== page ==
Kim - Rudyard Kipling
CreateSpace Independent Publishing Platform, 2010 - 248 pages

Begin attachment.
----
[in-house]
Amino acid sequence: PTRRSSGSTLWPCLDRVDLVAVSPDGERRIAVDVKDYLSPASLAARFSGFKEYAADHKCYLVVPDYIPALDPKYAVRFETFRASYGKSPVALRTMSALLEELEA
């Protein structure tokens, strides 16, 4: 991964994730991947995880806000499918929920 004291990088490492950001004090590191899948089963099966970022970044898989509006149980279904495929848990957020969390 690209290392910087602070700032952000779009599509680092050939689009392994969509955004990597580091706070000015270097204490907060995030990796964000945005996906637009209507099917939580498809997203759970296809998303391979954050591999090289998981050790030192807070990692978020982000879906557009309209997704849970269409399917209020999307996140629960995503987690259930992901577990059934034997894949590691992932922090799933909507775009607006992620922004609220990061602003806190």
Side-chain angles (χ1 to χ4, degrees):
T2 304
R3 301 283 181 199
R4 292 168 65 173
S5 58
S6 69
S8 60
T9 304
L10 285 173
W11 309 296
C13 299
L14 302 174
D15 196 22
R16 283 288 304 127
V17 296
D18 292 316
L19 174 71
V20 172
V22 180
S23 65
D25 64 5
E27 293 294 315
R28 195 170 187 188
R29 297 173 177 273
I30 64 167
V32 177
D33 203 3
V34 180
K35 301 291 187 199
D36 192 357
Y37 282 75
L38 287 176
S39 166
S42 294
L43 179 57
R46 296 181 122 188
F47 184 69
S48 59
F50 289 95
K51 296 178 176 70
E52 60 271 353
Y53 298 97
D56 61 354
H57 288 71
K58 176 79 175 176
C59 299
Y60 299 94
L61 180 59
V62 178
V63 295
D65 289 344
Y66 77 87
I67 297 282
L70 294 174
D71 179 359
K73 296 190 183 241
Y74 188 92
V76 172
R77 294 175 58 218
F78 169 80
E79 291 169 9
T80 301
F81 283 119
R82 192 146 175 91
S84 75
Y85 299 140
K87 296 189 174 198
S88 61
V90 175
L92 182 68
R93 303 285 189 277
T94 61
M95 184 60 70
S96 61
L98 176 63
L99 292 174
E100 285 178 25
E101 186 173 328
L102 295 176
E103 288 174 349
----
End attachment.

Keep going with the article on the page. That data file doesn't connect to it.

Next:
A passage from the book... He sat, in defiance of municipal orders, astride the gun Zam Zammah on her brick platform opposite the old Ajaib-Gher-the Wonder House, as the natives call the Lahore Museum. Who hold Zam-Zammah, that 'fire-breathing dragon', hold the Punjab, for the great green-bronze piece is always first of the conqueror's loot. There was some justification for Kim-he had kicked Lala Dinanath's boy off the trunnions-since the English held the Punjab and Kim was English. Though he was burned black as any native; though he spoke the vernacular by preference, and his mother-tongue in a clipped uncertain sing-song; though he consorted on terms of perfect equality with the small boys of the bazar; Kim was white-a poor white of the very poorest. The half-caste woman who looked after him (she smoked opium, and pretended to keep a second-hand furniture shop by the square where the cheap cabs wait) told the missionaries that she was Kim's mother's sister; but his mother had been nursemaid in a Colonel's family and had married Kimball O'Hara, a young colour-sergeant of the Mavericks, an Irish regiment
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